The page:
When and how did modern Turkish become the majority in Anatolia?

By: | Post date: 2017-05-27 | Comments: No Comments
Posted in categories: History, Mediaeval Greek, Other Languages

I’ve put off answering this question for ages, and I’ve finally looked at the classic work on the topic, Vryonis: Decline of Medieval Hellinism in Asia Minor

Here’s the quick summary.

  • The Turks came from parts East, in several waves: first the Seljuk Empire, then the various emirates that ended up being incorporated into the Ottoman Empire.
  • There were two stages in the Turkification of Anatolia: 1071 (Battle of Manzikert) through ca. 1300, and 1300 through ca. 1500.
  • In the first stage, there was conquest, massacres, migration, economic disruption, and forced conversions. Yet in 1300, there were still enough Christians in the emirates in Anatolia, that the capital tax on Christians was their largest source of revenue.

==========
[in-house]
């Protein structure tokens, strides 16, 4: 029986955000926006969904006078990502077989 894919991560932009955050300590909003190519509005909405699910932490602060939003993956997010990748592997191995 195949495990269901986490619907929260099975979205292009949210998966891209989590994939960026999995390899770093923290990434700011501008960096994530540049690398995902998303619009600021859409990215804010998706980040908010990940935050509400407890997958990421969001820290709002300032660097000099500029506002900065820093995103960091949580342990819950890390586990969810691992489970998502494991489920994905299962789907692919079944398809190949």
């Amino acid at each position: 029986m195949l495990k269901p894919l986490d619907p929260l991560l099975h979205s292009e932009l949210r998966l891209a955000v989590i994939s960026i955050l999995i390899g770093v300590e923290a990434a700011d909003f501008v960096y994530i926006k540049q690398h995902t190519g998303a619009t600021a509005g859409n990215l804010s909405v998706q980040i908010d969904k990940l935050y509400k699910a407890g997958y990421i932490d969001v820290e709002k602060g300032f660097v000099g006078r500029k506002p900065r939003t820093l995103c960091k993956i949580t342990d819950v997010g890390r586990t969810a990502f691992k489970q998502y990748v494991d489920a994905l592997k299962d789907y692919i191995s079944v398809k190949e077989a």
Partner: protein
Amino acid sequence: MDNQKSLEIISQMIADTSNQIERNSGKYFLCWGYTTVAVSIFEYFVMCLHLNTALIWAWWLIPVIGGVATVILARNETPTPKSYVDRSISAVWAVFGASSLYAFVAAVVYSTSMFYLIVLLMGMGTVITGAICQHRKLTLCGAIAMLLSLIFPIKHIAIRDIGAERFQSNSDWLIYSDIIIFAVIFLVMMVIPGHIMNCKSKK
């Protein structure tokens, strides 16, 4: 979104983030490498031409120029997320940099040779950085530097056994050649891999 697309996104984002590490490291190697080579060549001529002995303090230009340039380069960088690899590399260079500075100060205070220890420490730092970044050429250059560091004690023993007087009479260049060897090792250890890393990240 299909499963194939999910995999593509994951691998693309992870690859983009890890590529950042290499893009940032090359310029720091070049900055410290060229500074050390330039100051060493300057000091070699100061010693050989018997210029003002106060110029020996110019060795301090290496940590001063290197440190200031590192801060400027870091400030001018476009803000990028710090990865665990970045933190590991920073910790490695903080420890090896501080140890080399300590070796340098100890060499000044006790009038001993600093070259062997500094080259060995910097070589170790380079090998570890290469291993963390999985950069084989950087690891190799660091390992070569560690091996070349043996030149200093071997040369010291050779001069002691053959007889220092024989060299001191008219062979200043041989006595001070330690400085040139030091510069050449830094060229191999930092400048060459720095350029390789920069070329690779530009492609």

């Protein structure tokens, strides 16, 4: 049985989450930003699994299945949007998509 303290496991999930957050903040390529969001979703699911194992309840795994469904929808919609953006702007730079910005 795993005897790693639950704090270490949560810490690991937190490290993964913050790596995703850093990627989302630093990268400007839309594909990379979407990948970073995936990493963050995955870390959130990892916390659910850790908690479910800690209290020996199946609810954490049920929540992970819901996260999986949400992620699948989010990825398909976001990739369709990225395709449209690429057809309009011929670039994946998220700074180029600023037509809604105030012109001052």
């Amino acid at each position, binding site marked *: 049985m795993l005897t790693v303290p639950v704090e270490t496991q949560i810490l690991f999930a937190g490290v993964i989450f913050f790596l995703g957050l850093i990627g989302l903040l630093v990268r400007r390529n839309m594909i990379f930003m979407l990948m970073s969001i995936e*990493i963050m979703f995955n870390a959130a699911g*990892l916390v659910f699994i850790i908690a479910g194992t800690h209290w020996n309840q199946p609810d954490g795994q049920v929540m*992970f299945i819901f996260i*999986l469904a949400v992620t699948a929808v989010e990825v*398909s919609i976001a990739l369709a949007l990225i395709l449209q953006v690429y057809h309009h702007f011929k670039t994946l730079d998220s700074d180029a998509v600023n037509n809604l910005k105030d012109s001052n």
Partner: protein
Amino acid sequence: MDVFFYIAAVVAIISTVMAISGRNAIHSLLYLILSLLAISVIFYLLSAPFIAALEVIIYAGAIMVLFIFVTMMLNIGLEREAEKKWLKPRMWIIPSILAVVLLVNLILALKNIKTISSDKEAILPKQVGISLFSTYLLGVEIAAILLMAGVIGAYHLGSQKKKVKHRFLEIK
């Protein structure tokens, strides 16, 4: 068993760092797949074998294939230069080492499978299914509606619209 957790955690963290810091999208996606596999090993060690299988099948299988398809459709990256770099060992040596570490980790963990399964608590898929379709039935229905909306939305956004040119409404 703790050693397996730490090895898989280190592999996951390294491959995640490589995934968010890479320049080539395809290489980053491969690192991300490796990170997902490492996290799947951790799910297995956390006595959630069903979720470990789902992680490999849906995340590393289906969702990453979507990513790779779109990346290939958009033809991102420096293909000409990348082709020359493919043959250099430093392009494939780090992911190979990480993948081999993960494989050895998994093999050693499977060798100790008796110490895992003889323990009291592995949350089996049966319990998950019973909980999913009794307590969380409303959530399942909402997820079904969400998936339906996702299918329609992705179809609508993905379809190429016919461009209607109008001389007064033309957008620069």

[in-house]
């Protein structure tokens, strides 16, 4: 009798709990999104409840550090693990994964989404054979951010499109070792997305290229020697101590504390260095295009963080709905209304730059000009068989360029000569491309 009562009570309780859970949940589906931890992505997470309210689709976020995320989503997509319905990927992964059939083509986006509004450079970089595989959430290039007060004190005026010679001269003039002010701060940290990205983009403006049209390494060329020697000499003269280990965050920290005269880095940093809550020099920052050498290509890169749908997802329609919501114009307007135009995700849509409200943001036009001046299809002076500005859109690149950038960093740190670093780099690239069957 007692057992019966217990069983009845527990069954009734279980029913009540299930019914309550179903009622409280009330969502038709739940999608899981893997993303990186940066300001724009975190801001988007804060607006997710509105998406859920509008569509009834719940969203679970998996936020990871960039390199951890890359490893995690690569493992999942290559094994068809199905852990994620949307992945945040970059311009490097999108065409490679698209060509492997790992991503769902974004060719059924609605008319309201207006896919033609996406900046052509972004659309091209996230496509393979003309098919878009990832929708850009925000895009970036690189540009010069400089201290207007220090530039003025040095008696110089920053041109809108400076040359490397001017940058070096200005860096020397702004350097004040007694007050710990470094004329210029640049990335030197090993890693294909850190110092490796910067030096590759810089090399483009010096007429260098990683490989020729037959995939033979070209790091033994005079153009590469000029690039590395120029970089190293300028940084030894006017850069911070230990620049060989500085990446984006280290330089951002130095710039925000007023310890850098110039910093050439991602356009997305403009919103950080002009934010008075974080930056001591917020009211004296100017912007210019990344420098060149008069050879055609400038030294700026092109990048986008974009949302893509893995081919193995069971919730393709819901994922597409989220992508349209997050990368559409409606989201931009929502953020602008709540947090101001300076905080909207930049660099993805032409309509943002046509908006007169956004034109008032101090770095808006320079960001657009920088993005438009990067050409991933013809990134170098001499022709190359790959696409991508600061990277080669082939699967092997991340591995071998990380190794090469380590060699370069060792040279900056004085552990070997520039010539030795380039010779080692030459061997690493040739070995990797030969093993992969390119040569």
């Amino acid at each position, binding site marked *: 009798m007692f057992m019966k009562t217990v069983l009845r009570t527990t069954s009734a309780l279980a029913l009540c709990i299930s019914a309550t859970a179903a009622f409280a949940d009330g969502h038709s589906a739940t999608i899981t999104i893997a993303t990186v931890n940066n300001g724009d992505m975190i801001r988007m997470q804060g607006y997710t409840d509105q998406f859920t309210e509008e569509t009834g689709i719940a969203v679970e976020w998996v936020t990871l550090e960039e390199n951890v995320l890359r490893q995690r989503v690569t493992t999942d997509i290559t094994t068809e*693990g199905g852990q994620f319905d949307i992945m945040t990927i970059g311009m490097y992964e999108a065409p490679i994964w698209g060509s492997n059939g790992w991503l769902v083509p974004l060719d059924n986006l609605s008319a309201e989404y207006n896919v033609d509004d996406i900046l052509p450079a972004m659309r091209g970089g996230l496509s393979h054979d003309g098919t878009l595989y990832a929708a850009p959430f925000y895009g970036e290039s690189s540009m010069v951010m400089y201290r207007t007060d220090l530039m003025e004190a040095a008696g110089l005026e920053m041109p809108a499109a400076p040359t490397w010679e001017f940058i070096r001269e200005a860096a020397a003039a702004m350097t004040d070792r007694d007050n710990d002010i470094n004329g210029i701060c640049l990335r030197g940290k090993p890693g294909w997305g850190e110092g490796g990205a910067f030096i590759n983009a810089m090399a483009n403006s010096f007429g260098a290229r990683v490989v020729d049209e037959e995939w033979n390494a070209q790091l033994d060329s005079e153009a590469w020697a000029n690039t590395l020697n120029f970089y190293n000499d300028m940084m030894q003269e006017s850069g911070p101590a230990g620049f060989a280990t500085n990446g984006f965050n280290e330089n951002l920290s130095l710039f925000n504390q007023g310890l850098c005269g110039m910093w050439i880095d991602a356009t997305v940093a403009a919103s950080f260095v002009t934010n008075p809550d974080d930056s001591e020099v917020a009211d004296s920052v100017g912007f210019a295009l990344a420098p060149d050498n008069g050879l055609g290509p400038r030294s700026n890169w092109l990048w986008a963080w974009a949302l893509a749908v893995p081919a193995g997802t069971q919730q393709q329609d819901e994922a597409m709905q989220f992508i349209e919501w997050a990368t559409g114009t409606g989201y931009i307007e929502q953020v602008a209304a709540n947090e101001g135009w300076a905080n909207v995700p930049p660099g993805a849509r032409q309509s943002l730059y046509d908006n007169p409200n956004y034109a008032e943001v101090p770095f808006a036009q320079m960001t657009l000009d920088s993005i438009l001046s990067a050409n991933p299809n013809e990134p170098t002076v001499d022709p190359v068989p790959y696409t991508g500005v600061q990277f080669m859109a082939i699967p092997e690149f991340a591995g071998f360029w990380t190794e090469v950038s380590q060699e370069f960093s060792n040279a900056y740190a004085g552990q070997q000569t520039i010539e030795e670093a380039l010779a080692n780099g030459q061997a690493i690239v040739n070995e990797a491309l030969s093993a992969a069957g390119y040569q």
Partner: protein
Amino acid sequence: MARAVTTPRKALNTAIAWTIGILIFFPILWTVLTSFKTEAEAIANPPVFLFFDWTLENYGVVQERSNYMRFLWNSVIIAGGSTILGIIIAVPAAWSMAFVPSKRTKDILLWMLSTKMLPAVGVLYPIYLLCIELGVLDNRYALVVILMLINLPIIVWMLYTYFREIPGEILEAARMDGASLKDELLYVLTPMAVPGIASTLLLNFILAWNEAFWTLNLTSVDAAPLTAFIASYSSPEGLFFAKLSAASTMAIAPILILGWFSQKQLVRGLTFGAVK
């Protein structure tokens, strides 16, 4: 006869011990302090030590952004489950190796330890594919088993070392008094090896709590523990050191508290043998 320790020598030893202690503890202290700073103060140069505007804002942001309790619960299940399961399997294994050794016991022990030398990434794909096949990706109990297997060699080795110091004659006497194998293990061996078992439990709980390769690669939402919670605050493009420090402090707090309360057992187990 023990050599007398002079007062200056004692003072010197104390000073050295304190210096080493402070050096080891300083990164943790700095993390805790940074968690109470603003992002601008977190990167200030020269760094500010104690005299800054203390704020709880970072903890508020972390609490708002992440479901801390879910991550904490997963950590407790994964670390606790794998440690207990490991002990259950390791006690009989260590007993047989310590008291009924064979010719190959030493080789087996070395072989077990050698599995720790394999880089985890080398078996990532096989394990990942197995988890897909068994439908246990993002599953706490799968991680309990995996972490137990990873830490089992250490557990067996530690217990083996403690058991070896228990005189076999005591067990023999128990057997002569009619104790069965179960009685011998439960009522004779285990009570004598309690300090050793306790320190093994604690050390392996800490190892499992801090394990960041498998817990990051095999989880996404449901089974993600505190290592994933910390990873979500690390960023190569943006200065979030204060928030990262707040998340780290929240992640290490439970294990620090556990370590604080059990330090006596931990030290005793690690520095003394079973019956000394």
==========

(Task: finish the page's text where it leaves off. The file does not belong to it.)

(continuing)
• The population of Christians in Western Anatolia plummeted over the next two centuries, so that by the early 16th century the proportion of Christian to Muslim households in the Anatolia Eyalet was 8000 to 520,000. (In the Rûm Eyalet by contrast, which had remained under Christian control up to 1461, Christian households were still 30%.)
  • The population of Christians plummeted, of course, because Greek-speaking Christians became Turkish-speaking Muslims. Greek clergy continually refer to their flock dwindling, and to Christians converting. The number of bishoprics in Anatolia dwindled from 54 to 17, with depopulated sees merged into their neighbours.
  • Not only was the Greek church much less empowered to retain the allegiance of Christians, with its property confiscated and its prestige diminished, but there was significant Islamic missionary activity as well (the Bektashi Order, the Mevlevi Order, the Futuwwa).

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